As promised, "Time Train," is back with the further adventures of Rhubarb T. Porterhut and crew.
After a bit of coaxing, Rhubarb T. Porterhut managed to get Columbus to leave the train cab. The discovery of the missing tracks had alarmed Rhubarb at first, but Fibulious had managed to assuage his fears for the time being. Their present predicament allowed no option for leaping in head first, so instead Rhubarb opted to dig in for the time being and think the issue out. However his stomach thought differently, and made that known to his associates, whose stomachs were thinking likewise. It had been some hours since they all had last eaten, and if they were going to work out a solution, they would have to acquire nourishment for their brains.
“We appear to be in a forest, so we should be able to find something of sustenance. Perhaps some form of vegetation will be able to see us through this.”
Rhubarb began to peruse the verdant forest around them. Many of the plants looked somewhat familiar, but different in a way he couldn’t quite put his finger on.
“This… might work. Yes, I believe this might be edible.”
Rhubarb grabbed the end of what appeared to be a fern. The fiddle-like tip was present on many of the plants around them.
“Futureman, you and Columbus gather up as many of these as you can. In the meantime, I shall see if I can procure us some water.”
Fibulious nodded and quickly got to work. While he was busy tearing the fiddleheads off, Columbus was precociously gathering them and putting them into a pile.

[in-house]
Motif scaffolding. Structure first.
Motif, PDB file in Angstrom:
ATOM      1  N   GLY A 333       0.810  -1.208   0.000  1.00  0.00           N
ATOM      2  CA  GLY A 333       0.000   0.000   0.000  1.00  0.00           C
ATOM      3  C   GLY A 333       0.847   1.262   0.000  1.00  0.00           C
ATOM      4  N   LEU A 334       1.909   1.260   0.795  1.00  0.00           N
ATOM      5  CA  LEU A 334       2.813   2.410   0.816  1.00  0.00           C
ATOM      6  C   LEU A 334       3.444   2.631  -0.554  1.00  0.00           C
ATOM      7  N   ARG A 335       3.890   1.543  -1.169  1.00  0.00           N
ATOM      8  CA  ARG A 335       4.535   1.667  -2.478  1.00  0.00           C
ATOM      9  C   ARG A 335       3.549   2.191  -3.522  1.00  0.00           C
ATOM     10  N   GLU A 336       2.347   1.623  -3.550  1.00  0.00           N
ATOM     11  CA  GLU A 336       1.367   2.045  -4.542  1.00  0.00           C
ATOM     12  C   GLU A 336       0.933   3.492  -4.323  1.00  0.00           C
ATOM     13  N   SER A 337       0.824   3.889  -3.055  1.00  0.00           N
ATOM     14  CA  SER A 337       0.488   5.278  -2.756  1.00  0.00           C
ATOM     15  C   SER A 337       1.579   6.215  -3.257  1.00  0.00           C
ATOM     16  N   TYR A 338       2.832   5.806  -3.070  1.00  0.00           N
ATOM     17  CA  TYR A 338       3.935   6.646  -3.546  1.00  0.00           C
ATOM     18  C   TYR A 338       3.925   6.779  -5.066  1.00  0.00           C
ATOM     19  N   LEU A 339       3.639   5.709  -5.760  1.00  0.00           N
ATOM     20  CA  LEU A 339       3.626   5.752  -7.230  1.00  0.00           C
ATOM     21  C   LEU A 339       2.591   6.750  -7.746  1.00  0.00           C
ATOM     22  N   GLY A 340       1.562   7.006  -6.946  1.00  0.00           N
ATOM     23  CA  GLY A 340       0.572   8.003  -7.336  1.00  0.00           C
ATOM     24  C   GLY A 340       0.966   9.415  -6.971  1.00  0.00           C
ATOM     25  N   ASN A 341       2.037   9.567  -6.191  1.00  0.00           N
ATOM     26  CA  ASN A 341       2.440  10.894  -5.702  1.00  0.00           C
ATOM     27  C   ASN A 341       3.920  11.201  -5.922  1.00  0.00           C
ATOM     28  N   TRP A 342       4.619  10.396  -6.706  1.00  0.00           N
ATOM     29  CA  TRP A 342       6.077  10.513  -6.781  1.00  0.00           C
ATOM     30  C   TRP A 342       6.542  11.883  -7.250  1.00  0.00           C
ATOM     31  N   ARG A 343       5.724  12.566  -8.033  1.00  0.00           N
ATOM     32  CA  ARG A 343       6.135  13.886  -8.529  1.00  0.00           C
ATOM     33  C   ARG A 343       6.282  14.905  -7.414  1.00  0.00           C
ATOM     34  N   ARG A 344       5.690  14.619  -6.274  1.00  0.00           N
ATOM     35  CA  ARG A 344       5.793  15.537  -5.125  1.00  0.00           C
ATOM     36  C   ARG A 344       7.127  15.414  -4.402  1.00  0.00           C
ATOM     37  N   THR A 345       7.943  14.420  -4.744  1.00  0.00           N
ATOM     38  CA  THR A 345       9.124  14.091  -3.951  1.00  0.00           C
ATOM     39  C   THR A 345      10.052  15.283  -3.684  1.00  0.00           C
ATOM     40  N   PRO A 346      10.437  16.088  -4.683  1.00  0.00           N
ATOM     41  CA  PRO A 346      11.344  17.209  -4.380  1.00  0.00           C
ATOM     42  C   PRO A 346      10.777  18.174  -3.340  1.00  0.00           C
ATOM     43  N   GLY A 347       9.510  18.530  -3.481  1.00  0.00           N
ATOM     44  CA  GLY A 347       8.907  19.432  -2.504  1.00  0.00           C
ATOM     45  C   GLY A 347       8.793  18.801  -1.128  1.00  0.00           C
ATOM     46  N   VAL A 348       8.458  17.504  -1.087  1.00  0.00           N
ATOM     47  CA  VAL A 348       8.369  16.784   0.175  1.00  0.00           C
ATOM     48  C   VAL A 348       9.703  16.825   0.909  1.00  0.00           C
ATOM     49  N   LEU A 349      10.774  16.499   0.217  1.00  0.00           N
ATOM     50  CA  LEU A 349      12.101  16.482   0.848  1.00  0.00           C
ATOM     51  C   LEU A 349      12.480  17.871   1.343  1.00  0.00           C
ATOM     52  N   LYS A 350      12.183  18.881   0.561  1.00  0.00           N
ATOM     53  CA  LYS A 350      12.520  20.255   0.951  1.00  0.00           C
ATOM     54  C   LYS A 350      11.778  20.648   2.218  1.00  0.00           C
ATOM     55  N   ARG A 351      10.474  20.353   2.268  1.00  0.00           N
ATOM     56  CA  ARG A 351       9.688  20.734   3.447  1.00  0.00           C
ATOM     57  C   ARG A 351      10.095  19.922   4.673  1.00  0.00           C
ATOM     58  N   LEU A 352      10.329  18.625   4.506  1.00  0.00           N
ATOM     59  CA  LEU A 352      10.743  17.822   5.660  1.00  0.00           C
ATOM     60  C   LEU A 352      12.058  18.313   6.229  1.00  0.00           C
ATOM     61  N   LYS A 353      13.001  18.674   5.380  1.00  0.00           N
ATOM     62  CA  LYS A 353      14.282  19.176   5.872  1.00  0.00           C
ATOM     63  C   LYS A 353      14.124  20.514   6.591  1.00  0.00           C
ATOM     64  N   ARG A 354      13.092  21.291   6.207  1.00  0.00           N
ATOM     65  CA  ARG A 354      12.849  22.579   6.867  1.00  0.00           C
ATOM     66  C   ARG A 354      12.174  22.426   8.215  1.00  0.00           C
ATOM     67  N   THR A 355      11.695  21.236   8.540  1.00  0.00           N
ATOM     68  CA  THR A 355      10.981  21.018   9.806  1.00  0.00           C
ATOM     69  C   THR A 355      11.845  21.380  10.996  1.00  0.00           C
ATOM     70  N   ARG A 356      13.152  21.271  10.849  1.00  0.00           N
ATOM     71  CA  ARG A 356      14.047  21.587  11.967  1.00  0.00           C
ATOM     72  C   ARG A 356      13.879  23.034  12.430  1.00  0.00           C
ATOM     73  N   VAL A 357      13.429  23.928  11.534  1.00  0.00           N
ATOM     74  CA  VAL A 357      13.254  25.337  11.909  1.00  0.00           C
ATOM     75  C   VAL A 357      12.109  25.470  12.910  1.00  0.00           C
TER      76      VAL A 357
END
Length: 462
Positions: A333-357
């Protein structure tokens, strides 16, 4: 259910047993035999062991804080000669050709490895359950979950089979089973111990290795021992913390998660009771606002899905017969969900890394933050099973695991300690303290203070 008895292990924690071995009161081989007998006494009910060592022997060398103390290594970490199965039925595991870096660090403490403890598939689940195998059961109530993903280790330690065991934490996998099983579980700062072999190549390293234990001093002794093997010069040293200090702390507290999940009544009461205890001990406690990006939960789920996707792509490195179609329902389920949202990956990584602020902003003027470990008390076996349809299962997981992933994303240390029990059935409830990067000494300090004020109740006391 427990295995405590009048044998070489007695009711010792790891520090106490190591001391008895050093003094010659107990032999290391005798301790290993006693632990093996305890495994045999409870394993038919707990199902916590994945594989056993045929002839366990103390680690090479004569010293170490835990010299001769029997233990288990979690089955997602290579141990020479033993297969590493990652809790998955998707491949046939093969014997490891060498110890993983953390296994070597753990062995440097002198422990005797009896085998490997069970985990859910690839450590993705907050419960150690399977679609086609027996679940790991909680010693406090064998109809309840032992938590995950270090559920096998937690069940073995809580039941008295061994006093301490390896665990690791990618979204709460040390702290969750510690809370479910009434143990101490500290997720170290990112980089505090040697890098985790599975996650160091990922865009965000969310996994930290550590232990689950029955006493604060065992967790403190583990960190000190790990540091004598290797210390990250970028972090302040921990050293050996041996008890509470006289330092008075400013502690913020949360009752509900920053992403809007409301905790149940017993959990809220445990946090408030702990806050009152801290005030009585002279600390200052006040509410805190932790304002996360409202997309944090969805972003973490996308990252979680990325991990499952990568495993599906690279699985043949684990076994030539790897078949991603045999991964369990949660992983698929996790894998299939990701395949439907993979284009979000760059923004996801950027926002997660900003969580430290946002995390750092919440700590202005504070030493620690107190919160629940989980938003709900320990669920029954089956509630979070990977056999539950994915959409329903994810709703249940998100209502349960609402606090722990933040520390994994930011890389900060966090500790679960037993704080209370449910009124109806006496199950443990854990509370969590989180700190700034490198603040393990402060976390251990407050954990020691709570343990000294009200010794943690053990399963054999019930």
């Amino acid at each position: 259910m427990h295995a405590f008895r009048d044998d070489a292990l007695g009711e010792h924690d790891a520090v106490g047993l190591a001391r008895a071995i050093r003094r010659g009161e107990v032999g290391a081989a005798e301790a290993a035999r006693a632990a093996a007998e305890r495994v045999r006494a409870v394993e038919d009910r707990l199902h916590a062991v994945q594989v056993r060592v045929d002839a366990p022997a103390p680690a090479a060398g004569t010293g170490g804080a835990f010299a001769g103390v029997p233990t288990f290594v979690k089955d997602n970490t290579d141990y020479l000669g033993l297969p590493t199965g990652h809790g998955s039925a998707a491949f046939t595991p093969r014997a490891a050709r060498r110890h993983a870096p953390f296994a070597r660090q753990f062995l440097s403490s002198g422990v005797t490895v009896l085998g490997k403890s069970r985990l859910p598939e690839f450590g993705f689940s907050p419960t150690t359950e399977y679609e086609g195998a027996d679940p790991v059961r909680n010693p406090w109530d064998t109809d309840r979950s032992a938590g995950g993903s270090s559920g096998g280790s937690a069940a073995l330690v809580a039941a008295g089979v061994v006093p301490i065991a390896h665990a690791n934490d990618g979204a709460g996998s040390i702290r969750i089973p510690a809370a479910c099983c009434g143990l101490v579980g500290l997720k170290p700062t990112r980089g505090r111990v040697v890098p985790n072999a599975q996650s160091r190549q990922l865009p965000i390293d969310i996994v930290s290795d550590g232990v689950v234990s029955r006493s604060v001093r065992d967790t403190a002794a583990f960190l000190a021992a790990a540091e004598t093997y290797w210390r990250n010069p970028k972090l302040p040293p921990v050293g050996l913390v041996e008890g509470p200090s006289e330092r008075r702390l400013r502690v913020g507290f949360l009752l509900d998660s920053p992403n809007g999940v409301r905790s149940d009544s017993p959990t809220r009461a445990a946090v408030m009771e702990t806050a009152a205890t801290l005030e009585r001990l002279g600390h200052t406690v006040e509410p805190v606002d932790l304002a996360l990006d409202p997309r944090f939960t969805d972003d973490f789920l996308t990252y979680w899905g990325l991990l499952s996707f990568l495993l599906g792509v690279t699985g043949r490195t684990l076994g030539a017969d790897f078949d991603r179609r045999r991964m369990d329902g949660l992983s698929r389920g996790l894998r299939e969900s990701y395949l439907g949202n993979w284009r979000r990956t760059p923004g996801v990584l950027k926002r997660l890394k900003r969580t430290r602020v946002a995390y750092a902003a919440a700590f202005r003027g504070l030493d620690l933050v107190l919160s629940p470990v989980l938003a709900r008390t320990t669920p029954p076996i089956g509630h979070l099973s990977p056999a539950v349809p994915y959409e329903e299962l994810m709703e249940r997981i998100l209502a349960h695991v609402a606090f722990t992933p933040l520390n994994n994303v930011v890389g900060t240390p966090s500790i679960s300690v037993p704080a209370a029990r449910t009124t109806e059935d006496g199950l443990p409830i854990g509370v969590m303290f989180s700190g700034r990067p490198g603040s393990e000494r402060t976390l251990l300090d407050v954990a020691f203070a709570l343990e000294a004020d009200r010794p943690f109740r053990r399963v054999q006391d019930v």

Rhubarb hopped back into the engine for a second to collect the water jug. At random he picked a direction and marched off into the forest. Several paces away, he found a clearing that opened further on into a path. From the looks of it, a rather high amount of traffic must have passed through there, as many of the weeds and undergrowth were trampled flat. Following the path, Rhubarb was able to hear running water in the distance. The sound of the water never rose above a babble, and pretty soon he found himself on the edge of a modest creek.
It had been a couple of days since he had bathed, so he took the opportunity to wash his face. Coal and soot caked his countenance, and the water swirled with black for several handfuls. The cool stream stood in stark contrast to the balmy weather, and it refreshed him. With all of the excitement in recent days, he hadn’t had a moment to himself, so he savored it.
After he had relaxed enough, he filled his jug with water, but when he started back, he glanced a movement from the corner of his eye. He turned, but saw nothing there. Whatever it was, it had flitted away, or so he thought. Turning back, he came face to face with a dragonfly the size of a Christmas ham.
Rhubarb took off through the forest like a headless chicken with its tail on fire. In the process he lost a good portion of the water. Tripping over sticks and stones, he never once looked back. Finally he made it back to the clearing and plowed straight on through to where Fibulious and Columbus were, knocking them over. When Fibulious had gathered his senses, he looked up to see Rhubarb, dazed and doubled over in front of him. When he finally lifted his head, he knocked Fibulious for a loop.